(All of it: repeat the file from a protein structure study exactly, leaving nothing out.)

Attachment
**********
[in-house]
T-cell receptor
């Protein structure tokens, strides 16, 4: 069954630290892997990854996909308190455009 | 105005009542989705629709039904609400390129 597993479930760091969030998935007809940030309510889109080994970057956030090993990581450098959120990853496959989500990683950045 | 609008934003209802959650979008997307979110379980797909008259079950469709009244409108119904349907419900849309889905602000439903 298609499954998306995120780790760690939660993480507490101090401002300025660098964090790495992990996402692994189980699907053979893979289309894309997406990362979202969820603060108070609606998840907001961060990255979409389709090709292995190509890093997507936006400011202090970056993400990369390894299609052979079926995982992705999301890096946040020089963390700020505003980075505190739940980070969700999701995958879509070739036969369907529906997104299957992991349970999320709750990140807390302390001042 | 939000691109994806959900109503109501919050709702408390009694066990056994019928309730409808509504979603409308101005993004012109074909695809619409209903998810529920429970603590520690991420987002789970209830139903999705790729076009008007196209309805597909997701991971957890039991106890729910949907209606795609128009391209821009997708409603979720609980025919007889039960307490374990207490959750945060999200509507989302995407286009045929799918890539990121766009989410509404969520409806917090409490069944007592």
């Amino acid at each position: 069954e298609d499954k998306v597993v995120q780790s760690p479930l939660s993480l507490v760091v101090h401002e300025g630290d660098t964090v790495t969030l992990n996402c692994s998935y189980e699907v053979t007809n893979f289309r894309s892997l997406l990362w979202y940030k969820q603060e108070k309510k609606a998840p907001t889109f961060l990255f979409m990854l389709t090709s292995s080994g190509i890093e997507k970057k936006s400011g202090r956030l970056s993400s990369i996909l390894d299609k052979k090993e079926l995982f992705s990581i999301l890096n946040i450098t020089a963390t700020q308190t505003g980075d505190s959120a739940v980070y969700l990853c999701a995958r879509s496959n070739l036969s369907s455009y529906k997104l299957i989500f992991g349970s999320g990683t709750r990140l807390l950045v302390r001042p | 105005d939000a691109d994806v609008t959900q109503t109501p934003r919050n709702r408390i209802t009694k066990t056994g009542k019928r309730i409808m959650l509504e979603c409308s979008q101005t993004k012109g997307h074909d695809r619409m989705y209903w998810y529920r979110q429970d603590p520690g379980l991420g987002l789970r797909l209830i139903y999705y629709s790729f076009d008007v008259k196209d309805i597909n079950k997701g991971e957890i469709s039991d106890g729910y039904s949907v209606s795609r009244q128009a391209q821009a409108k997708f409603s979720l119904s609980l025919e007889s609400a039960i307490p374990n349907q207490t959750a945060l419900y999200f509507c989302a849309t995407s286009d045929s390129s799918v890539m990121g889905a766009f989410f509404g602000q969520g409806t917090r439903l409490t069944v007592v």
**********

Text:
[in-house]
T-cell receptor
């Protein structure tokens, strides 16, 4: 069954630290892997990854996909308190455009 | 105005009542989705629709039904609400390129 597993479930760091969030998935007809940030309510889109080994970057956030090993990581450098959120990853496959989500990683950045 | 609008934003209802959650979008997307979110379980797909008259079950469709009244409108119904349907419900849309889905602000439903 298609499954998306995120780790760690939660993480507490101090401002300025660098964090790495992990996402692994189980699907053979893979289309894309997406990362979202969820603060108070609606998840907001961060990255979409389709090709292995190509890093997507936006400011202090970056993400990369390894299609052979079926995982992705999301890096946040020089963390700020505003980075505190739940980070969700999701995958879509070739036969369907529906997104299957992991349970999320709750990140807390302390001042 | 939000691109994806959900109503109501919050709702408390009694066990056994019928309730409808509504979603409308101005993004012109074909695809619409209903998810529920429970603590520690991420987002789970209830139903999705790729076009008007196209309805597909997701991971957890039991106890729910949907209606795609128009391209821009997708409603979720609980025919007889039960307490374990207490959750945060999200509507989302995407286009045929799918890539990121766009989410509404969520409806917090409490069944007592």
């Amino acid at each position: 069954e298609d499954k998306v597993v995120q780790s760690p479930l939660s993480l507490v760091v101090h401002e300025g630290d660098t964090v790495t969030l992990n996402c692994s998935y189980e699907v053979t007809n893979f289309r894309s892997l997406l990362w979202y940030k969820q603060e108070k309510k609606a998840p907001t889109f961060l990255f979409m990854l389709t090709s292995s080994g190509i890093e997507k970057k936006s400011g202090r956030l970056s993400s990369i996909l390894d299609k052979k090993e079926l995982f992705s990581i999301l890096n946040i450098t020089a963390t700020q308190t505003g980075d505190s959120a739940v980070y969700l990853c999701a995958r879509s496959n070739l036969s369907s455009y529906k997104l299957i989500f992991g349970s999320g990683t709750r990140l807390l950045v302390r001042p | 105005d939000a691109d994806v609008t959900q109503t109501p934003r919050n709702r408390i209802t009694k066990t056994g009542k019928r309730i409808m959650l509504e979603c409308s979008q101005t993004k012109g997307h074909d695809r619409m989705y209903w998810y529920r979110q429970d603590p520690g379980l991420g987002l789970r797909l209830i139903y999705y629709s790729f076009d008007v008259k196209d309805i597909n079950k997701g991971e957890i469709s039991d106890g729910y039904s949907v209606s795609r009244q128009a391209q821009a409108k997708f409603s979720l119904s609980l025919e007889s609400a039960i307490p374990n349907q207490t959750a945060l419900y999200f509507c989302a849309t995407s286009d045929s390129s799918v890539m990121g889905a766009f989410f509404g602000q969520g409806t917090r439903l409490t069944v007592v």